According to Knight Frank’s 2016 Wealth Report, exposure to property as an asset class looks set to grow, with 30 per cent of its clients considering an additional residential purchase that year. Property’s advantages over other asset classes add impetus to the search for special homes in more remote locales, as well as increasing the number of property collectors worldwide. Now new businesses are springing up to service the growing numbers of HNWs with luxury properties in multiple locations.
‘Time was the super-rich never rented, let alone swapped homes,’ says Giles Adams, president of Third Homes, a premier home exchange club for (a minimum) second-home owners, who are granted ‘keys’ to spend based upon the value and location of their property (the average being $2.25 million). Put simply, you trade in some of the ‘keys’ on your second home in, say, Barbados, to access another club member’s equally beautiful chalet in, say, Gstaad or Aspen.
‘Today’s HNWs are younger,’ says Adams. ‘The era of conspicuous consumption, where people boasted of all the homes they own all over the world, has given way to a more collaborative attitude. And people want “unique”, less commoditised experiences that you only get from staying in private luxury residences.’
Begun in 2013 in the USA, where the attitude towards home exchange is more favourable, Third Homes now boasts more than 7,000 members in 86 countries and includes both resort and stand-alone homes. Adams says its greatest growth area in the past two years has been the Far East.
Mauritius boasts 93 miles of white sandy beaches and a buzzy tourist trade. Integrated resort schemes on the market there include the islands’ only residential marina, La Balise Marina, where premium apartments have their own individual mooring points. The more established Villas Valriche has just released its last phase of luxury private residences that overlook a championship golf course.
In the aftermath of the financial crisis, many of the more exotic island second home schemes were put on ice. Now they’re being bought back to market, many under fresh management. For example, Zil Pasyon Residences in the Seychelles, which is now being managed by the Six Senses spa group, comprises just fourteen homes in an exclusive resort, each crafted into the island’s granite landscape with panoramic views of the Indian Ocean and nearby islands.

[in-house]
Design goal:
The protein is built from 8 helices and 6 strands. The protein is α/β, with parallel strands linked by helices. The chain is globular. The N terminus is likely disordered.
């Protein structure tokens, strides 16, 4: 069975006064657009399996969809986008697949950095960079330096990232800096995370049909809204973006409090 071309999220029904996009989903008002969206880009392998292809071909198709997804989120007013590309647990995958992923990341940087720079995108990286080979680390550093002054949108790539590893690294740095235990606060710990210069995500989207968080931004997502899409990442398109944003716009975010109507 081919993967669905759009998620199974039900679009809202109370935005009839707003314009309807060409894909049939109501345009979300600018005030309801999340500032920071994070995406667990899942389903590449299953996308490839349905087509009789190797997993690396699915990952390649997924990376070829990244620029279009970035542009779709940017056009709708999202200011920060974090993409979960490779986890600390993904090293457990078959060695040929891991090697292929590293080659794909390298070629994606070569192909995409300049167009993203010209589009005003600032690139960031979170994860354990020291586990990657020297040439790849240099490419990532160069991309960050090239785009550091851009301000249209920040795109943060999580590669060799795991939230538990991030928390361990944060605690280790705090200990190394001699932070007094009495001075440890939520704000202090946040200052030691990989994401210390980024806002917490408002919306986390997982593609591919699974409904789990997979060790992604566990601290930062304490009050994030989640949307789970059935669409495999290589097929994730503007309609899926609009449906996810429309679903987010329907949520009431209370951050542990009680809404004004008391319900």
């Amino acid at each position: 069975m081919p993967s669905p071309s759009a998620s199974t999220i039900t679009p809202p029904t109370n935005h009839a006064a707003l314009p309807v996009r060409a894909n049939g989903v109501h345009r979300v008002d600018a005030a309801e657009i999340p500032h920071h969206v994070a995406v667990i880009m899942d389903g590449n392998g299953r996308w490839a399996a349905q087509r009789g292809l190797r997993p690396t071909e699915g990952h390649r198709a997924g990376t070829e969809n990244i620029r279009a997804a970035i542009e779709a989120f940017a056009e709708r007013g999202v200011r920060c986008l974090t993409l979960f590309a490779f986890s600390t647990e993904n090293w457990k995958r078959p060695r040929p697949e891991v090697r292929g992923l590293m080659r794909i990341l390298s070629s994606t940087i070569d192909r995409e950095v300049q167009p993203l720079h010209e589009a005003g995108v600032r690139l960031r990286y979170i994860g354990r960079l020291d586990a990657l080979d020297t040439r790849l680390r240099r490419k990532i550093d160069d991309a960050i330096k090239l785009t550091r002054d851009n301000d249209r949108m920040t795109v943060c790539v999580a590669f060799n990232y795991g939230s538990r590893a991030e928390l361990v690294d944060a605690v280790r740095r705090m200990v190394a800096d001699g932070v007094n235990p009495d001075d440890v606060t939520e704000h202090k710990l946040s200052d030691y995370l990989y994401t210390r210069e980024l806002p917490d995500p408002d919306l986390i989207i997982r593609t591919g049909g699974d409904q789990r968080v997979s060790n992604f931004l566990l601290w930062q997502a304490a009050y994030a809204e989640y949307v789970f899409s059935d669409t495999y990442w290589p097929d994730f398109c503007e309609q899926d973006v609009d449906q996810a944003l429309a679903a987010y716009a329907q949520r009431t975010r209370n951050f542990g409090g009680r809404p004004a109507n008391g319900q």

‘The very top end of the market prefers the Seychelles to Mauritius,’ says Sphere Estates’ Green. ‘They think it has more kudos and is seen as mid-to-high-end, as opposed to Mauritius, which is more low-to-middle.’
Eden Island, also in the Seychelles, is a newly constructed residential marina development just off the coast of the main island of Mahé. The final phases of freehold homes, villas and apartments have just come on to the market (from £400,000).
For property purists, however, the ‘exotic’ alternative to the gloom of a northern hemisphere winter still means the Caribbean. Even there the hunt is on for something a bit more Treasure Island and Robinson Crusoe than the bustling celebrity hang-out of Barbados.
Forbes’ hot tip is Canouan Island in St Vincent & the Grenadines, which is building a top-end marina and an airport where you can land a private jet.‘This will become the very rich man’s destination in the Caribbean,’ says Forbes, ‘along with Barbados, St Barths and Harbour Island in the Bahamas.’
Resort-wise, the Landings Resort & Spa at Rodney Bay in St Lucia offers a rare (for the Caribbean) opportunity to buy two- or three-bedroom beachfront residences at the island’s only private, 50-berth marina. Prices range from £530,000 to £3.2 million.
Those looking to exchange the winter gloom for more pleasing vistas are increasingly investing in more than just a sarong and beach towel.
Catherine Moye is a travel and property writer, novelist and screenwriter